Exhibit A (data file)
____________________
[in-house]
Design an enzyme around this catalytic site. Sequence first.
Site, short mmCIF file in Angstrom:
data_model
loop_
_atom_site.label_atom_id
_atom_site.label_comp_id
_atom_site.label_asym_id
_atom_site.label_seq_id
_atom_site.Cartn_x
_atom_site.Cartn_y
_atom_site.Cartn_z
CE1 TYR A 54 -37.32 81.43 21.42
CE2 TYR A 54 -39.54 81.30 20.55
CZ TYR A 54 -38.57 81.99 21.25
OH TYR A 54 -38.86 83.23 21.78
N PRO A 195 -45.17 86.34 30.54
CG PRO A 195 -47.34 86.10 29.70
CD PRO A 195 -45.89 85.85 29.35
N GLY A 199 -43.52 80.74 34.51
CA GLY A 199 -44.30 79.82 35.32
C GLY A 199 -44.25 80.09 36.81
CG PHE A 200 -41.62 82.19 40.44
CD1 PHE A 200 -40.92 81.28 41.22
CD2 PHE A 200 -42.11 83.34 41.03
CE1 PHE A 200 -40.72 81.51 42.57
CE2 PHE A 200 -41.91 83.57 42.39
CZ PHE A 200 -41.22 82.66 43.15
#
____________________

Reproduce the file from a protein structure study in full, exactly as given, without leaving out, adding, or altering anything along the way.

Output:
[in-house]
Design an enzyme around this catalytic site. Sequence first.
Site, short mmCIF file in Angstrom:
data_model
loop_
_atom_site.label_atom_id
_atom_site.label_comp_id
_atom_site.label_asym_id
_atom_site.label_seq_id
_atom_site.Cartn_x
_atom_site.Cartn_y
_atom_site.Cartn_z
CE1 TYR A 54 -37.32 81.43 21.42
CE2 TYR A 54 -39.54 81.30 20.55
CZ TYR A 54 -38.57 81.99 21.25
OH TYR A 54 -38.86 83.23 21.78
N PRO A 195 -45.17 86.34 30.54
CG PRO A 195 -47.34 86.10 29.70
CD PRO A 195 -45.89 85.85 29.35
N GLY A 199 -43.52 80.74 34.51
CA GLY A 199 -44.30 79.82 35.32
C GLY A 199 -44.25 80.09 36.81
CG PHE A 200 -41.62 82.19 40.44
CD1 PHE A 200 -40.92 81.28 41.22
CD2 PHE A 200 -42.11 83.34 41.03
CE1 PHE A 200 -40.72 81.51 42.57
CE2 PHE A 200 -41.91 83.57 42.39
CZ PHE A 200 -41.22 82.66 43.15
#